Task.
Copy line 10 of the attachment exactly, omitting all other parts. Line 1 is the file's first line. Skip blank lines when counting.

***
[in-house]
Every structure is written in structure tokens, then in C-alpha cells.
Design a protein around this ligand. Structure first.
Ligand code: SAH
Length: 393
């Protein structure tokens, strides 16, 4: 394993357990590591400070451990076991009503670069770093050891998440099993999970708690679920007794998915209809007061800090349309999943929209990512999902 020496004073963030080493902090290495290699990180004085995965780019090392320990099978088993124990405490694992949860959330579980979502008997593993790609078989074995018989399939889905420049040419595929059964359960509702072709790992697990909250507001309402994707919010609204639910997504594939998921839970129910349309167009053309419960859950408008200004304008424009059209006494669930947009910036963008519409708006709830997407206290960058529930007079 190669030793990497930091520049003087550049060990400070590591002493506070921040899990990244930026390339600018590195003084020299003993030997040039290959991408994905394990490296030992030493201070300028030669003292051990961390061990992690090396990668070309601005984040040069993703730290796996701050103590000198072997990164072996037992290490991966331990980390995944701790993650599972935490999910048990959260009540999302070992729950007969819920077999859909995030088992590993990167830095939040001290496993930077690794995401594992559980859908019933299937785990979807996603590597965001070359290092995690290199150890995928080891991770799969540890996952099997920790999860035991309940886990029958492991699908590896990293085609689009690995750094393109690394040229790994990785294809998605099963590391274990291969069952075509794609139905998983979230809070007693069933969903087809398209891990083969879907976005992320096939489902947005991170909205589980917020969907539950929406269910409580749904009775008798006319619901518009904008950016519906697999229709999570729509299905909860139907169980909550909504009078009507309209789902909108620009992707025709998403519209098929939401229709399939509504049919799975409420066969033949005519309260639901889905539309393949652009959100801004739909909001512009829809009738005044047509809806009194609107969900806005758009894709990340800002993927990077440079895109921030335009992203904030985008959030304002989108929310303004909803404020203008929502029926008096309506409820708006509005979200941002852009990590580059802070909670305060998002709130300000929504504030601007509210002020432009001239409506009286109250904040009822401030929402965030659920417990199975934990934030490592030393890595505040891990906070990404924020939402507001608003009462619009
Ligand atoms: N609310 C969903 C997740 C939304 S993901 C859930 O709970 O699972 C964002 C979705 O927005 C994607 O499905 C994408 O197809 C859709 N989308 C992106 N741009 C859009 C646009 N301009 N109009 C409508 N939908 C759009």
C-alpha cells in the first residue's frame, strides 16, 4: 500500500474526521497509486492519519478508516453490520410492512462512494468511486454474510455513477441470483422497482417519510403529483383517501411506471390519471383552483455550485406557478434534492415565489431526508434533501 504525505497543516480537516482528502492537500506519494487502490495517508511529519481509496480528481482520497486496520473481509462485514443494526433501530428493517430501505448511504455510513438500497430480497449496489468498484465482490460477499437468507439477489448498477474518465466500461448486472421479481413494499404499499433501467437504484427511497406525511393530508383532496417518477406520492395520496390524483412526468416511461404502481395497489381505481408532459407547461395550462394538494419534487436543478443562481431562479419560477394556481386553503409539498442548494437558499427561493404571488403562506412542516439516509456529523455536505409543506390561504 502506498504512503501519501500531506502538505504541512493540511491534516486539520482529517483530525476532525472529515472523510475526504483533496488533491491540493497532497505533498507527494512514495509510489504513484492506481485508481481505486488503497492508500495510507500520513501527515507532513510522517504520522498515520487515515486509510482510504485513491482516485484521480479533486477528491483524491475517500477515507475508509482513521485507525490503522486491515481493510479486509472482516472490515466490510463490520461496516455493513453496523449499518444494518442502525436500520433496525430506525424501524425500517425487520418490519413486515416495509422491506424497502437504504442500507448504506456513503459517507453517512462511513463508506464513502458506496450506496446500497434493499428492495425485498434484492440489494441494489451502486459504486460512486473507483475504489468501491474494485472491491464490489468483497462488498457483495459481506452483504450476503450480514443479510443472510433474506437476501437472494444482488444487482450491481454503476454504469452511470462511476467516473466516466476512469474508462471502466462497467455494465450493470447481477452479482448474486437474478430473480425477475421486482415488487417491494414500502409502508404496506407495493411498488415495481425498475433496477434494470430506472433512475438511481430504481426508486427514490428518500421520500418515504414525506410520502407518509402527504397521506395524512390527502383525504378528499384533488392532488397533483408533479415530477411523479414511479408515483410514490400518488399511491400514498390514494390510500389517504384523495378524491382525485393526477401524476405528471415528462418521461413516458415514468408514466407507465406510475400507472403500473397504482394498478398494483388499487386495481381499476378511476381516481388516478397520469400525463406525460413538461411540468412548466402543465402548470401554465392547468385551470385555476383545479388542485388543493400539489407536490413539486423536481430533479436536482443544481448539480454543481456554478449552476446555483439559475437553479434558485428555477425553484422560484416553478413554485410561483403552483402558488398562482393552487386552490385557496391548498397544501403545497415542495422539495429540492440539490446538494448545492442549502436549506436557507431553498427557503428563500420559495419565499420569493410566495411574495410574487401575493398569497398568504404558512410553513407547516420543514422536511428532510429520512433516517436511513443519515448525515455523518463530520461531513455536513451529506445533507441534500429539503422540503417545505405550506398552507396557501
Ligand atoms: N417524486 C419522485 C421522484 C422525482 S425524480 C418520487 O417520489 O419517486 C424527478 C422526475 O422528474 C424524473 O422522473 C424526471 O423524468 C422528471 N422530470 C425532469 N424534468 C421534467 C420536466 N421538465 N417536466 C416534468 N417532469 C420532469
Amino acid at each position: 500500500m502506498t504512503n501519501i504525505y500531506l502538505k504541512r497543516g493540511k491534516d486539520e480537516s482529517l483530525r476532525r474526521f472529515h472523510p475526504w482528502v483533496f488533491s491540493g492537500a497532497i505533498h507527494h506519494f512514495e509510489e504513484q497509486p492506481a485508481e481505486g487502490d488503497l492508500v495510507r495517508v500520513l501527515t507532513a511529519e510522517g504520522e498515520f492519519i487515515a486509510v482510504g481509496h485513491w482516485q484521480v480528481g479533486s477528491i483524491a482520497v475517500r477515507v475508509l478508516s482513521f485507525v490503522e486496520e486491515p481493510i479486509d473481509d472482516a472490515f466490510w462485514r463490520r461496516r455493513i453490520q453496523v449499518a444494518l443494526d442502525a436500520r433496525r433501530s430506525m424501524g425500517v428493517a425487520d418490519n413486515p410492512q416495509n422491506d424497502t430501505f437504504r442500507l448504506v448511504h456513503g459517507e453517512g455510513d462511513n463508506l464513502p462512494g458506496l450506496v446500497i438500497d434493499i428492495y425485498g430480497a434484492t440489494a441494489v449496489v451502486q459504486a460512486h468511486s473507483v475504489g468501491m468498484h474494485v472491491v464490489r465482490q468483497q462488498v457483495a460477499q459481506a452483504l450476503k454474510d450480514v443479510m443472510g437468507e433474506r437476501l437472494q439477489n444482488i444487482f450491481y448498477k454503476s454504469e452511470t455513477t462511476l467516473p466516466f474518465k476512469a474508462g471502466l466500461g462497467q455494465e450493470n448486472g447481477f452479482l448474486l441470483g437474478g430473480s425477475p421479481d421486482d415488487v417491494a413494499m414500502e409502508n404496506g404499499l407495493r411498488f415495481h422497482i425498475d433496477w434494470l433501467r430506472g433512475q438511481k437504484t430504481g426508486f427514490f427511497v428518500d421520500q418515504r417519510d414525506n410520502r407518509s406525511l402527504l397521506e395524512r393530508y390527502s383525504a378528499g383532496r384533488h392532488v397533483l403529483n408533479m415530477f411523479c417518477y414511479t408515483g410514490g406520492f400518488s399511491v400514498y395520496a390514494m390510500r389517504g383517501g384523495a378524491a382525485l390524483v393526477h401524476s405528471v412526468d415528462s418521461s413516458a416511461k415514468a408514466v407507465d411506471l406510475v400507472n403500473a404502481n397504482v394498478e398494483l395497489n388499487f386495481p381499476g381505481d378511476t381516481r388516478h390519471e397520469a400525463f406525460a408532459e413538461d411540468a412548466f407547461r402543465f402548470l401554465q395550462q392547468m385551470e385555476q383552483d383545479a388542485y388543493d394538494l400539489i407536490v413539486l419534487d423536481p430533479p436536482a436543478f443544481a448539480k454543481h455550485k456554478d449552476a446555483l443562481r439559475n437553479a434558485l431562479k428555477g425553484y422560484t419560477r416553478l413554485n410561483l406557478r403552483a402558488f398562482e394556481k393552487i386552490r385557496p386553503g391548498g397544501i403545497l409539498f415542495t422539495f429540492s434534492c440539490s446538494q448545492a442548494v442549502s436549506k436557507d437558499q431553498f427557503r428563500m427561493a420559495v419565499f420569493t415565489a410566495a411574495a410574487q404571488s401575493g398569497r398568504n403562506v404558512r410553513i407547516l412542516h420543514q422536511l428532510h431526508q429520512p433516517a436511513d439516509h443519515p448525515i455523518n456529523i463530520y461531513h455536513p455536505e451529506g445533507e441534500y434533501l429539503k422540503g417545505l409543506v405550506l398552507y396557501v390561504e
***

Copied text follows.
Amino acid at each position: 500500500m502506498t504512503n501519501i504525505y500531506l502538505k504541512r497543516g493540511k491534516d486539520e480537516s482529517l483530525r476532525r474526521f472529515h472523510p475526504w482528502v483533496f488533491s491540493g492537500a497532497i505533498h507527494h506519494f512514495e509510489e504513484q497509486p492506481a485508481e481505486g487502490d488503497l492508500v495510507r495517508v500520513l501527515t507532513a511529519e510522517g504520522e498515520f492519519i487515515a486509510v482510504g481509496h485513491w482516485q484521480v480528481g479533486s477528491i483524491a482520497v475517500r477515507v475508509l478508516s482513521f485507525v490503522e486496520e486491515p481493510i479486509d473481509d472482516a472490515f466490510w462485514r463490520r461496516r455493513i453490520q453496523v449499518a444494518l443494526d442502525a436500520r433496525r433501530s430506525m424501524g425500517v428493517a425487520d418490519n413486515p410492512q416495509n422491506d424497502t430501505f437504504r442500507l448504506v448511504h456513503g459517507e453517512g455510513d462511513n463508506l464513502p462512494g458506496l450506496v446500497i438500497d434493499i428492495y425485498g430480497a434484492t440489494a441494489v449496489v451502486q459504486a460512486h468511486s473507483v475504489g468501491m468498484h474494485v472491491v464490489r465482490q468483497q462488498v457483495a460477499q459481506a452483504l450476503k454474510d450480514v443479510m443472510g437468507e433474506r437476501l437472494q439477489n444482488i444487482f450491481y448498477k454503476s454504469e452511470t455513477t462511476l467516473p466516466f474518465k476512469a474508462g471502466l466500461g462497467q455494465e450493470n448486472g447481477f452479482l448474486l441470483g437474478g430473480s425477475p421479481d421486482d415488487v417491494a413494499m414500502e409502508n404496506g404499499l407495493r411498488f415495481h422497482i425498475d433496477w434494470l433501467r430506472g433512475q438511481k437504484t430504481g426508486f427514490f427511497v428518500d421520500q418515504r417519510d414525506n410520502r407518509s406525511l402527504l397521506e395524512r393530508y390527502s383525504a378528499g383532496r384533488h392532488v397533483l403529483n408533479m415530477f411523479c417518477y414511479t408515483g410514490g406520492f400518488s399511491v400514498y395520496a390514494m390510500r389517504g383517501g384523495a378524491a382525485l390524483v393526477h401524476s405528471v412526468d415528462s418521461s413516458a416511461k415514468a408514466v407507465d411506471l406510475v400507472n403500473a404502481n397504482v394498478e398494483l395497489n388499487f386495481p381499476g381505481d378511476t381516481r388516478h390519471e397520469a400525463f406525460a408532459e413538461d411540468a412548466f407547461r402543465f402548470l401554465q395550462q392547468m385551470e385555476q383552483d383545479a388542485y388543493d394538494l400539489i407536490v413539486l419534487d423536481p430533479p436536482a436543478f443544481a448539480k454543481h455550485k456554478d449552476a446555483l443562481r439559475n437553479a434558485l431562479k428555477g425553484y422560484t419560477r416553478l413554485n410561483l406557478r403552483a402558488f398562482e394556481k393552487i386552490r385557496p386553503g391548498g397544501i403545497l409539498f415542495t422539495f429540492s434534492c440539490s446538494q448545492a442548494v442549502s436549506k436557507d437558499q431553498f427557503r428563500m427561493a420559495v419565499f420569493t415565489a410566495a411574495a410574487q404571488s401575493g398569497r398568504n403562506v404558512r410553513i407547516l412542516h420543514q422536511l428532510h431526508q429520512p433516517a436511513d439516509h443519515p448525515i455523518n456529523i463530520y461531513h455536513p455536505e451529506g445533507e441534500y434533501l429539503k422540503g417545505l409543506v405550506l398552507y396557501v390561504e